Too Young for Facebook
Why the social network’s plan to sign up preteens is a very bad idea.
How young is too young for Facebook?
Photograph by Christopher Meder/iStockphoto.
Are you ready for your second- or third-grader to sign up for Facebook? The company floated that idea this week, telling the Wall Street Journal that it is considering allowing kids under the age of 13 to use the site with parental supervision. This is a trial balloon, floated for the benefit of D.C. regulators and Congress as much as for parents. Facebook made the potential plan sound as benevolent as possible, saying it is testing linking kids’ accounts to their parents’ pages and adding controls that would allow parents to decide whom their kids can friend and what apps they can use.
Don’t be reassured. Facebook is interested in kids because it wants to encourage them to share widely, as early in their lives as possible, because that’s good for the company’s market share, now and in the future. The most telling line in the Journal article is this one: “Concerns have been growing over Facebook’s ability to sustain the 88% revenue growth it achieved last year via advertising, especially in the wake of its troubled initial public offering.” This is a company under pressure to increase profits—and one whose record with teenagers doesn’t demonstrate that it’s a good place for younger kids to grow up.
Let’s start with cyberbullying: In 2011, Consumer Reports estimated that of the 20 million young people who used Facebook in the previous year, 1 million of them were bullied, harassed, or threatened on the site. A Pew Center survey from the same year found that 15 percent of teens between 12 and 17 said they’d been harassed on a social network site in the last 12 months, and, because “Facebook dominates teen social media usage,” as Pew put it, it’s safe to say that a lot of the harassment happened there.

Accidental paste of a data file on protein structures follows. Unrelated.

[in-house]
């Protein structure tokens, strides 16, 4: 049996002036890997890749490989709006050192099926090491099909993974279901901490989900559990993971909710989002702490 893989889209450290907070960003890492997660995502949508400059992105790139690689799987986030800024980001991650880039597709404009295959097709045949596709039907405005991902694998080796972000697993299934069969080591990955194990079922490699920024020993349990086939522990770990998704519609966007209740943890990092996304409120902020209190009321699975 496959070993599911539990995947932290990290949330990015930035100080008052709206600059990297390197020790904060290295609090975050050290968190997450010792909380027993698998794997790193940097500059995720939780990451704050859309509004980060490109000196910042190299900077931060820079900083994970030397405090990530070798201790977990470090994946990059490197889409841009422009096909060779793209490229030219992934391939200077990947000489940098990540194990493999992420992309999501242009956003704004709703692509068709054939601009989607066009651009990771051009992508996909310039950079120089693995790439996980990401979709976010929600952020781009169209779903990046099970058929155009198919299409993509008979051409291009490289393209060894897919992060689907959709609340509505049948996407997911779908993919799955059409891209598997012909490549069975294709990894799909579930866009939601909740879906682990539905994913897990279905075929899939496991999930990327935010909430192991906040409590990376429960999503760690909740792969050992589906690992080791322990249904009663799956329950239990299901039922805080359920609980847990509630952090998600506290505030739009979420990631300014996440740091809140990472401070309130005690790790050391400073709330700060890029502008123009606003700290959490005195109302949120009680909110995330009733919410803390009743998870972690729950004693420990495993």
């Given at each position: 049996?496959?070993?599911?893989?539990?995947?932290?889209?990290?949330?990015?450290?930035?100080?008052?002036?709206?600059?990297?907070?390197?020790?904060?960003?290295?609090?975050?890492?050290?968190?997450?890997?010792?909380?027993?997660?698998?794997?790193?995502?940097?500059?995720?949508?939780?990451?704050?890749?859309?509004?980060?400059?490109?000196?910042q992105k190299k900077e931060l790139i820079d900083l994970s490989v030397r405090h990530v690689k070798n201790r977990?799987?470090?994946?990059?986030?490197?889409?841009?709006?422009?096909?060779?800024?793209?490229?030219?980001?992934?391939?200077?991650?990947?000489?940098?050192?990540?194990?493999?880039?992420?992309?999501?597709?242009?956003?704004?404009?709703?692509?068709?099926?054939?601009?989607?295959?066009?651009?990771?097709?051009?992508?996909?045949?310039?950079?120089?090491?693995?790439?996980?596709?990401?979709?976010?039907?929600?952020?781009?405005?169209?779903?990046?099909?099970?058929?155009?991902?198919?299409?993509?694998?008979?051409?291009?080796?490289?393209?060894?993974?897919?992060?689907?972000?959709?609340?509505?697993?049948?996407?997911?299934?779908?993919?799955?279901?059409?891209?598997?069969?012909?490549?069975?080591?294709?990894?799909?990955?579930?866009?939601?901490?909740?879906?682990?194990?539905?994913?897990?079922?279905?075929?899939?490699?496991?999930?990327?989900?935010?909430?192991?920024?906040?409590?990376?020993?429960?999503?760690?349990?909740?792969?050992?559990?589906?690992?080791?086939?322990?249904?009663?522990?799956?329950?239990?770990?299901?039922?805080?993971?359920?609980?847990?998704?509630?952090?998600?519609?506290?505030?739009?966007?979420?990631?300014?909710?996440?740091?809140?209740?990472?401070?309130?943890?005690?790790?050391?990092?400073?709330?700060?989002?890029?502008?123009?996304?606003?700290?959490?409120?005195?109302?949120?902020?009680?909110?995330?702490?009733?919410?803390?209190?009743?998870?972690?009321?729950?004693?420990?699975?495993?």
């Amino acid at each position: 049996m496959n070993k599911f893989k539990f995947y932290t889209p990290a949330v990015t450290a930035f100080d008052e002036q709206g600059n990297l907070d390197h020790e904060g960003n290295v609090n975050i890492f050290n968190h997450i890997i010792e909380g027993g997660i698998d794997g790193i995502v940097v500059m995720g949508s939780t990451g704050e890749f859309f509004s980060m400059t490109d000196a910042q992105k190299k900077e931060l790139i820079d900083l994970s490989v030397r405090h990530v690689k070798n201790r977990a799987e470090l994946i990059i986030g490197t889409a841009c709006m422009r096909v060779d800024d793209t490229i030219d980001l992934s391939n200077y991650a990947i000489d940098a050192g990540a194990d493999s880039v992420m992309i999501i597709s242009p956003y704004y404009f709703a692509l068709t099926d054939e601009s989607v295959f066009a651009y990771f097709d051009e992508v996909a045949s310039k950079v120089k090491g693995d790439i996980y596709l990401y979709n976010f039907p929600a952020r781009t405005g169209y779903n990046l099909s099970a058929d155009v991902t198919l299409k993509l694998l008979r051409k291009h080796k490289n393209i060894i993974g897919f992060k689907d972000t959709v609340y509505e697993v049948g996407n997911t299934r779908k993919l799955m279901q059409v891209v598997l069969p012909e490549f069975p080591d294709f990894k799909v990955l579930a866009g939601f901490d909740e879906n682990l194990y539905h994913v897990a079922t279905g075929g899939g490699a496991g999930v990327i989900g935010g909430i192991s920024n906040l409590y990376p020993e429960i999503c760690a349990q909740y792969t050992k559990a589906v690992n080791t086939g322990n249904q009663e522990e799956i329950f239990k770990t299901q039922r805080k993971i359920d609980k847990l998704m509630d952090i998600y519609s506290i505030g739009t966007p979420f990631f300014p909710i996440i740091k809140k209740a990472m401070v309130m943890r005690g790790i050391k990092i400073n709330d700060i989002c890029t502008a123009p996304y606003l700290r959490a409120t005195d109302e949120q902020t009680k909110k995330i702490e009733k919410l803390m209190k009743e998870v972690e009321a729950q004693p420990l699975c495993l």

There’s even more cause for concern about younger kids in the Pew numbers: The center found that more than 30 percent of 12-to-13-year-old girls said they saw kids being mostly unkind to each other on social network sites, significantly more than the 20 percent of teens who reported such unkindness overall. The survey followed up with this interesting question: “Have you had a bad experience online that made you nervous about going to school the next day?” More than one in four 12- and 13-year-old girls said yes, a higher rate again than any other group. In other words, young kids, especially girls, are more vulnerable online than older kids are—they are different from teenagers in a way that makes social networking harder for them to navigate.
Then there’s the work of Stanford professor Clifford Nass. With a colleague, Nass surveyed about 3,500 girls ages 8 to 12 and found that the girls who used online media heavily had fewer good feelings about their friendships than other girls their age and had more friends whom their parents considered a bad influence. The single predictor in the study of healthy emotional interactions, the study found, was lots of face-to-face communication. I called Nass to ask him what he thought about Facebook’s idea of signing up kids in the young age group he has studied. He’s skeptical, and to explain why, he drew an analogy to child obesity. “Our research shows a link between face-to-face contact and good relationships because that’s the best way to learn to read other people’s emotions,” he said. “It’s how kids learn empathy, and they have to practice. So it’s like the in-person socializing is the healthy food, and Facebook is the empty calories. It’s like junk food, and the more of it kids have, the less time they may have for the healthy stuff.”
Emily Bazelon is a Slate senior editor and writes about law, family, and kids. Her forthcoming book, Sticks and Stones: Defeating the Culture of Bullying and Rediscovering the Power of Empathy and Character. Find her at firstname.lastname@example.org or on Facebook or Twitter.